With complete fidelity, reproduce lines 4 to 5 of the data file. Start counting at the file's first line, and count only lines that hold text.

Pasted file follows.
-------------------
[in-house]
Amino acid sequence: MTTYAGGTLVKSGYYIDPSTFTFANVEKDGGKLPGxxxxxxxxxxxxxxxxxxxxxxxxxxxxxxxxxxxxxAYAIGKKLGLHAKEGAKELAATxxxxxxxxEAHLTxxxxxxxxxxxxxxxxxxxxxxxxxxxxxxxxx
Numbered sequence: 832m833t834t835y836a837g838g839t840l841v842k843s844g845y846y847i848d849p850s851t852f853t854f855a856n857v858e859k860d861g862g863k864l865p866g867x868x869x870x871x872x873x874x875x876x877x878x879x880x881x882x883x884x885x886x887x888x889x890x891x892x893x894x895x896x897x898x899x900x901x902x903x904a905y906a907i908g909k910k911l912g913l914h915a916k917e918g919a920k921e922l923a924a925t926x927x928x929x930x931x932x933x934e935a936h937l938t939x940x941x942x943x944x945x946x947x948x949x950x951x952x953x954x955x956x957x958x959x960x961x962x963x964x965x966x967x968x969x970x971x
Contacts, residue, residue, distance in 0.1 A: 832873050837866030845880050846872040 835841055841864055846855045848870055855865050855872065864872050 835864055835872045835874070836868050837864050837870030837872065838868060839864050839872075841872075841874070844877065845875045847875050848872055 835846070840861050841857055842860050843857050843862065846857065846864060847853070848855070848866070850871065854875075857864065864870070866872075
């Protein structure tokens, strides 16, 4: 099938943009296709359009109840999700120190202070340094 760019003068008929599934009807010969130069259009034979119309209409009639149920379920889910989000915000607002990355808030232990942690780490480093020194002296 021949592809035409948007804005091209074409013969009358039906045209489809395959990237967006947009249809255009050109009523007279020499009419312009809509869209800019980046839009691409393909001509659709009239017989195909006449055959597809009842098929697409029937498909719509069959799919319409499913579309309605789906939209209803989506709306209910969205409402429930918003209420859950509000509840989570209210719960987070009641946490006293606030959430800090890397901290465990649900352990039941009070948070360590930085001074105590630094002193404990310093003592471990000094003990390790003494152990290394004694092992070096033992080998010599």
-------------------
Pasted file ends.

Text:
Contacts, residue, residue, distance in 0.1 A: 832873050837866030845880050846872040 835841055841864055846855045848870055855865050855872065864872050 835864055835872045835874070836868050837864050837870030837872065838868060839864050839872075841872075841874070844877065845875045847875050848872055 835846070840861050841857055842860050843857050843862065846857065846864060847853070848855070848866070850871065854875075857864065864870070866872075
């Protein structure tokens, strides 16, 4: 099938943009296709359009109840999700120190202070340094 760019003068008929599934009807010969130069259009034979119309209409009639149920379920889910989000915000607002990355808030232990942690780490480093020194002296 021949592809035409948007804005091209074409013969009358039906045209489809395959990237967006947009249809255009050109009523007279020499009419312009809509869209800019980046839009691409393909001509659709009239017989195909006449055959597809009842098929697409029937498909719509069959799919319409499913579309309605789906939209209803989506709306209910969205409402429930918003209420859950509000509840989570209210719960987070009641946490006293606030959430800090890397901290465990649900352990039941009070948070360590930085001074105590630094002193404990310093003592471990000094003990390790003494152990290394004694092992070096033992080998010599």